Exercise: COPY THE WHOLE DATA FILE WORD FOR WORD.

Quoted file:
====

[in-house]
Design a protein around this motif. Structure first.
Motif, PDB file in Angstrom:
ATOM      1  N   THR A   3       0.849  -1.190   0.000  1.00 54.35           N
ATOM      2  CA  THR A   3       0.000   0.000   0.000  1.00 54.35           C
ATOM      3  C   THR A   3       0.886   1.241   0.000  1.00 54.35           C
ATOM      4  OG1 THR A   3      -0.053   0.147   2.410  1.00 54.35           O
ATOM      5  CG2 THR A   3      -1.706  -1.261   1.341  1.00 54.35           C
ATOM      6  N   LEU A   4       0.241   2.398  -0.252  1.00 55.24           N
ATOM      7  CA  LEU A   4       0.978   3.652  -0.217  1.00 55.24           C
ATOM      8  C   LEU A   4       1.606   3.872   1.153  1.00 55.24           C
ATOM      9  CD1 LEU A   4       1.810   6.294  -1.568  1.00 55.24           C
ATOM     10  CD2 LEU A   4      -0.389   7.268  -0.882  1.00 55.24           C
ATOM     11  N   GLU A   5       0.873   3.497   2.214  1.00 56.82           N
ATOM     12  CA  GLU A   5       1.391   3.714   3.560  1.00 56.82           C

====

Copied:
[in-house]
Design a protein around this motif. Structure first.
Motif, PDB file in Angstrom:
ATOM      1  N   THR A   3       0.849  -1.190   0.000  1.00 54.35           N
ATOM      2  CA  THR A   3       0.000   0.000   0.000  1.00 54.35           C
ATOM      3  C   THR A   3       0.886   1.241   0.000  1.00 54.35           C
ATOM      4  OG1 THR A   3      -0.053   0.147   2.410  1.00 54.35           O
ATOM      5  CG2 THR A   3      -1.706  -1.261   1.341  1.00 54.35           C
ATOM      6  N   LEU A   4       0.241   2.398  -0.252  1.00 55.24           N
ATOM      7  CA  LEU A   4       0.978   3.652  -0.217  1.00 55.24           C
ATOM      8  C   LEU A   4       1.606   3.872   1.153  1.00 55.24           C
ATOM      9  CD1 LEU A   4       1.810   6.294  -1.568  1.00 55.24           C
ATOM     10  CD2 LEU A   4      -0.389   7.268  -0.882  1.00 55.24           C
ATOM     11  N   GLU A   5       0.873   3.497   2.214  1.00 56.82           N
ATOM     12  CA  GLU A   5       1.391   3.714   3.560  1.00 56.82           C